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Effluent standards for Sewage Treatment Plants

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Introduction

Urban water supply and sanitation are important basic needs for the improvement of the quality of life and enhancement of productive efficiency of the people. In urban areas, water is tapped for domestic and industrial uses from rivers, streams, wells and lakes. Almost 80% of the water supplied for domestic use, comes out as wastewater. In most of the cases, wastewater is let out untreated and it either sinks into the ground as a potential pollutant of ground water or is discharged into the natural drainage system causing pollution in downstream areas. Wastewater needs to be conveyed to sewage treatment plants and treated wastewater must meet the aesthetic standards of ambient environment for receiving water bodies.

Sewage Treatment plants are used to treat sewage generated from residential, institutional, commercial and industrial establishments which includes household waste liquid from toilets, baths, showers, kitchens, sinks and so forth that is disposed of via sewers. In India, different treatment technologies like ASP, UASB, Oxidation pond and advanced technologies like SBR, MBR are adopted for the treatment of sewage. Central Pollution Control Board carried out a study on the status of Municipal wastewater generation and treatment capacity in Metropolitan cities, Class I cities and Class II towns of India and published a document (CUPS/61/2005-06). The sewage generation is about 38254 MLD whereas treatment capacity developed is only about 12000 MLD and 269 numbers of STPs are installed in India. The growth of Urbanization in India is at a rapid rate.

Environment (Protection) Rules, 1986 define the effluent standard for Sewage Treatment Plants, which are as follow;

S.No

Industry

Parameters

Standards

Effluent discharge standards (applicable to all mode of disposal)

 

1

Sewage Treatment Plants

(STPs)

 

Location

Concentration not to exceed

 

 

(a)

(b)

 

pH

Anywhere in the country

6.5-9.0

 

Bio-chemical Oxygen Demand (BOD)

Metro cities*, all state capitals except in the state of Arunachal Pradesh, Assam, Manipur, Meghalaya, Mizoram, Nagaland

Tripura, Sikkim, Himachal Pradesh, Uttarakhand< Jammu and Kashmir, and the Union territory of Andaman and Nicobar island, Dadar and Nagar Haveli Daman Diu and Lakshadweep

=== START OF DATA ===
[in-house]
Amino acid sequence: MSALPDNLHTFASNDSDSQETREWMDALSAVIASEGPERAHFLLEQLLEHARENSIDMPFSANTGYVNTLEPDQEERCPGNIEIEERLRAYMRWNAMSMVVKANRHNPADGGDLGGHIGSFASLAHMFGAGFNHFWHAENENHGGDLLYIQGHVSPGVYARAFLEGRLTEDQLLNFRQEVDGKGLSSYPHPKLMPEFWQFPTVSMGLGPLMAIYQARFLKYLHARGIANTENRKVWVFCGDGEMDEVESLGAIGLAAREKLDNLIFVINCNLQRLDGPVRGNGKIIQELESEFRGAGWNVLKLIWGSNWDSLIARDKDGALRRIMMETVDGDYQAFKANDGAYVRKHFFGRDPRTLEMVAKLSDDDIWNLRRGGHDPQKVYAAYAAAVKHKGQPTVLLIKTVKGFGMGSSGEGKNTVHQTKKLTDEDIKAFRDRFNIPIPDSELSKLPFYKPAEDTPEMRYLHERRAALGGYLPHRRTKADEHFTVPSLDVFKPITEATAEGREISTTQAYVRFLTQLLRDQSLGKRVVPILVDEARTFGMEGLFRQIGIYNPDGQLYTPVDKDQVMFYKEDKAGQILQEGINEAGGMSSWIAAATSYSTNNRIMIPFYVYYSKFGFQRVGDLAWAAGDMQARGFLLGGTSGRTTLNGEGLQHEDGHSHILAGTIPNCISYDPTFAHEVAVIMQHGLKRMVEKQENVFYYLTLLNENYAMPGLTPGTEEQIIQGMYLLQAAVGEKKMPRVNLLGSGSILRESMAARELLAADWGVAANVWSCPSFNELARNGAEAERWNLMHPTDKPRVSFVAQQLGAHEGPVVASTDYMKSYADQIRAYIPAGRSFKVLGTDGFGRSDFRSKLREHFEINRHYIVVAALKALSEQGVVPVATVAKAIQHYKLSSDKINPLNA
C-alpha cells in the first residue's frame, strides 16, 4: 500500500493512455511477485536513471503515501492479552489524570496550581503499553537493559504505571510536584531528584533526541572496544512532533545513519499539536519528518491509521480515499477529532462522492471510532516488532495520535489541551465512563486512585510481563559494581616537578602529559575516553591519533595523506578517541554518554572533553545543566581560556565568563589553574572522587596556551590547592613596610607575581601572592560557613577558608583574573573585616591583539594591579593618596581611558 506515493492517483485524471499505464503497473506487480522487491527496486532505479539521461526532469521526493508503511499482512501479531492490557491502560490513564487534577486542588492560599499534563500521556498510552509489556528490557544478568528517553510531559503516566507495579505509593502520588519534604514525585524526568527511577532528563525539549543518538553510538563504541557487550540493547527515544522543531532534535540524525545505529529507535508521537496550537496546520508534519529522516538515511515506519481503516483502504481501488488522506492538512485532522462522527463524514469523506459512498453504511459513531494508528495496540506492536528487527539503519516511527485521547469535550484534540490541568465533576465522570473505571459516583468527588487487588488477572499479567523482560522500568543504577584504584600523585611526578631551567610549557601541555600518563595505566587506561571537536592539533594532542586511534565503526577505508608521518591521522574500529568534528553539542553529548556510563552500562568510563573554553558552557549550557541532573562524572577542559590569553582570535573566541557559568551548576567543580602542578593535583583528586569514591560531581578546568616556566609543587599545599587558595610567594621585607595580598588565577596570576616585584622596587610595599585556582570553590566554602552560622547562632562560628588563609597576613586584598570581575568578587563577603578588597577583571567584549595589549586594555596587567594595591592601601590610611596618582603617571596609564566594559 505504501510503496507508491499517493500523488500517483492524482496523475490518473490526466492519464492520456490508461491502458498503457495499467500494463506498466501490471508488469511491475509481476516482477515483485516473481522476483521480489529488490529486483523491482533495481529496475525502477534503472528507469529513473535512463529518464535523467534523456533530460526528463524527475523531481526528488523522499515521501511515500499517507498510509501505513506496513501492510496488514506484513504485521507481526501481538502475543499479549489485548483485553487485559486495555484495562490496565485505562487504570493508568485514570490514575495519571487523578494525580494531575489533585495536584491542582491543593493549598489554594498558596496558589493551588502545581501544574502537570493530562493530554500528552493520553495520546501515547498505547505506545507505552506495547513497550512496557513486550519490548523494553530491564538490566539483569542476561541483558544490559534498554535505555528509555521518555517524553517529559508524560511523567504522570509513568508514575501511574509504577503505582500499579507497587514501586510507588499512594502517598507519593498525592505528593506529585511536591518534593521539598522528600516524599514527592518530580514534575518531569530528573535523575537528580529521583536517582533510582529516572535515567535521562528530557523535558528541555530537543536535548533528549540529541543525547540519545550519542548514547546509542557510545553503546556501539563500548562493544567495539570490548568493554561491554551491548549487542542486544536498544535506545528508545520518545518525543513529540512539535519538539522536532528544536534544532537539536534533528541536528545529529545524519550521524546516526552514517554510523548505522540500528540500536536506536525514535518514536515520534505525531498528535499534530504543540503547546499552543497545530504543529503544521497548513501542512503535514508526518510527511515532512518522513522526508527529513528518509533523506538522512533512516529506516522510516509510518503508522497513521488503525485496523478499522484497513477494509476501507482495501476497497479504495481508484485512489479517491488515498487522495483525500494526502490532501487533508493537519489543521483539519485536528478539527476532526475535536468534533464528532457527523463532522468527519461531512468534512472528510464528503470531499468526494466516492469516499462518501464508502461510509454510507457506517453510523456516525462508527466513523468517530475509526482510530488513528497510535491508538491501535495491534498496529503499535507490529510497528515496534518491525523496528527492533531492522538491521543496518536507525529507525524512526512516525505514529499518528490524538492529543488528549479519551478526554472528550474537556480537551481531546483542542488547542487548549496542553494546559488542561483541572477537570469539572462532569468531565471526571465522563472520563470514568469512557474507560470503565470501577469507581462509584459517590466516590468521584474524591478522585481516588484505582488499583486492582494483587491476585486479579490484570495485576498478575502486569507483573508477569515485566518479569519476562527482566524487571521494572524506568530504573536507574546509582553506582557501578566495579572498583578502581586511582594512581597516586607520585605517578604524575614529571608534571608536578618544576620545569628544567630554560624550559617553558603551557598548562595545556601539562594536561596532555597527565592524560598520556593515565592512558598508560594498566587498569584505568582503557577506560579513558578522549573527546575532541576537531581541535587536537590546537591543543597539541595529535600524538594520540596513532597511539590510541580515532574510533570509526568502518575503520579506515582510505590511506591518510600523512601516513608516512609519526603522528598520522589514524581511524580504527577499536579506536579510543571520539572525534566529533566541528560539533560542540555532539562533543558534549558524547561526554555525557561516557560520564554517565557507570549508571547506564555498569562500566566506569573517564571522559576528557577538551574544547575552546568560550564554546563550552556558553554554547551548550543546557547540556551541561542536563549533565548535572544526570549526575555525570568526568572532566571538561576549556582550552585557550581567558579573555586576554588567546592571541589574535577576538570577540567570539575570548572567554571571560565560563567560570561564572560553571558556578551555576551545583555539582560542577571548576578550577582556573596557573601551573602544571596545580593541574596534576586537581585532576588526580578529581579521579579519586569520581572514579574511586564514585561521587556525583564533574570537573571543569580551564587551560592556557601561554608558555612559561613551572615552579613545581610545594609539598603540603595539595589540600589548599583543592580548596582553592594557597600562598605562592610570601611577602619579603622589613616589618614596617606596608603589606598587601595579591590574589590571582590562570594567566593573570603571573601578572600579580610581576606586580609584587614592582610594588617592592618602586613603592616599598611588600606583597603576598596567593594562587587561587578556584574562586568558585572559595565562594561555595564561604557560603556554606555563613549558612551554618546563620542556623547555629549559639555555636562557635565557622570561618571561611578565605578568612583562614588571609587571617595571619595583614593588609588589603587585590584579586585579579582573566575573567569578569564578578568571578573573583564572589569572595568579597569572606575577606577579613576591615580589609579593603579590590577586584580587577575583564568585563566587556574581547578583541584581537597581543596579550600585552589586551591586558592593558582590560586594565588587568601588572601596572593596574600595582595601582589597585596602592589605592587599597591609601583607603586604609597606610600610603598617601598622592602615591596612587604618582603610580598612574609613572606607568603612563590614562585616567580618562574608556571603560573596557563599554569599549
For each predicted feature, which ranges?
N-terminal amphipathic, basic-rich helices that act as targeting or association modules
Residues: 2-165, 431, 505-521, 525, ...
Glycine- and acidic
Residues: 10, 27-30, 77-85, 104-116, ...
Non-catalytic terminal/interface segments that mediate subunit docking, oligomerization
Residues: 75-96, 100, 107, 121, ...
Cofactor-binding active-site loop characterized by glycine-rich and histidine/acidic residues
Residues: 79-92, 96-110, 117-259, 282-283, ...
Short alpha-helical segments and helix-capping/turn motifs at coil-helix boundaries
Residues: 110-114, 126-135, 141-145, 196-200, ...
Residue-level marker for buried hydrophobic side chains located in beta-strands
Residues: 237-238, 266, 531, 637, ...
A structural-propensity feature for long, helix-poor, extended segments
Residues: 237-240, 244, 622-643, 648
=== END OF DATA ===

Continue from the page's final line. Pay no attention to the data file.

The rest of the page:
20

 

 

Areas/regions other than mentioned above

30

 

Total Suspended Solids (TSS)

Metro Cities*, all state Capitals Except in the state of Arunachal Pradesh, Assam, Manipur, Meghalaya, Mizoram, Nagaland, Tripura, Sikkim, Himachal Pradesh, Uttarakhand, Jammu and Kashmir, and Union Territory of Andaman and Nicobar island, Dadar and Nagar Haveli, Daman and Diu and Lakshadweep

<50

 

Areas/regions other than mentioned above

<100

 

Fecal Coliform(FC) ( Most probable Number per 100 milliliter,MPN/100ml

Anywhere in the country

<1000

Metro Cities are Mumbai, Delhi, Chennai, Kolkata, Chennai, Bengaluru, Hyderabad, Ahmedabad and Pune

 

For more information about Delhi Pollution Control Committee (DPCC) Click here Delhi Pollution Control Committee

For more information about State Pollution Board Click here State Pollution Board      

Notes:

  • All values in mg/1 except for pH and fecal coliform.

  • These standards shall be applicable for discharge into water bodies as well as for land disposal/application

  • The standards for fecal coliform shall not apply in respect of the use of treated effluent for industrial purposes

  • These Standards shall apply to all Sewage Treatment Plants (STPs) to be commissioned on or after the 1st June, 2019 and the old/existing Sewage Treatment Plants(STPs)  shall achieve these standards within a period of five years from the date of publication of this notification in the official Gazette

  • In case of discharge of treated effluent into sea, it shall be through proper marine outfall and the existing shore discharge shall be converted to marine outfalls, and in cases where the marine outfall provides a minimum initial dilution of 150 times at the point of discharge and a minimum dilution of 1500 times at a point 100 meters away from discharge point, then the existing norms shall apply as specified in the general discharge standards

  • Rescue /Recycling of treated effluent shall be encouraged and in cases where part of the treated effluent is rescued and recycled involving the possibility of human contact, standards as specified shall apply.

  • Central Pollution Control Board (CPCB)/State Pollution Control Board (SPCB)/Pollution control Committees may issue more stringent norms taking account to the local condition under section 5 of the Environment (protection) Act, 1986.

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Author
Vipan Singh
Vipan is known for his passion for diversity and his work with corpseed. In his spare time, he is involved with numerous charitable activities and considers his greatest achievement to be the fact that he helps Startups and Entrepreneurs to scale up